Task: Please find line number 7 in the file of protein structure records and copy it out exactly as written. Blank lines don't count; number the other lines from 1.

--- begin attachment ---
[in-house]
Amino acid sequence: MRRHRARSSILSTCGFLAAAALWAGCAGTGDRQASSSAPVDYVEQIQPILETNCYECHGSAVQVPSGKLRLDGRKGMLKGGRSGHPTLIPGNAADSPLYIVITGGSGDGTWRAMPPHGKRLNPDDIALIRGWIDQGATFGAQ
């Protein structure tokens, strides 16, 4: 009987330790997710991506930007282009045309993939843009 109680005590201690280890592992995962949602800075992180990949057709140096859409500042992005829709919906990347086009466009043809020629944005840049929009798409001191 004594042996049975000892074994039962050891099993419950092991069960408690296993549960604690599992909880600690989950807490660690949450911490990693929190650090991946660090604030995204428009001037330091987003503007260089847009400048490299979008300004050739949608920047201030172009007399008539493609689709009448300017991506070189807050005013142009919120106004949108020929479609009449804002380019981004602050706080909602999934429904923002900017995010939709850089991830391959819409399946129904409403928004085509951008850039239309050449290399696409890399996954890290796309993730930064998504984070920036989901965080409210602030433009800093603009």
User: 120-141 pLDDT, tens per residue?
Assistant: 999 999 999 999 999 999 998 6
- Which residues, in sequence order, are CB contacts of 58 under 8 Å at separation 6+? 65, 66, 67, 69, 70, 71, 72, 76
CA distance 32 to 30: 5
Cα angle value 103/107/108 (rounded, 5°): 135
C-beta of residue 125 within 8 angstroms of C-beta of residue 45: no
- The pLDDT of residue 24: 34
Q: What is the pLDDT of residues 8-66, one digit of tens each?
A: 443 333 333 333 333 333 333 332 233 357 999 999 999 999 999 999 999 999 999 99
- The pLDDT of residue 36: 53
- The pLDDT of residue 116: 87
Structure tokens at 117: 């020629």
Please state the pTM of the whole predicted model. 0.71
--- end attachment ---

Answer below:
CA distance 32 to 30: 5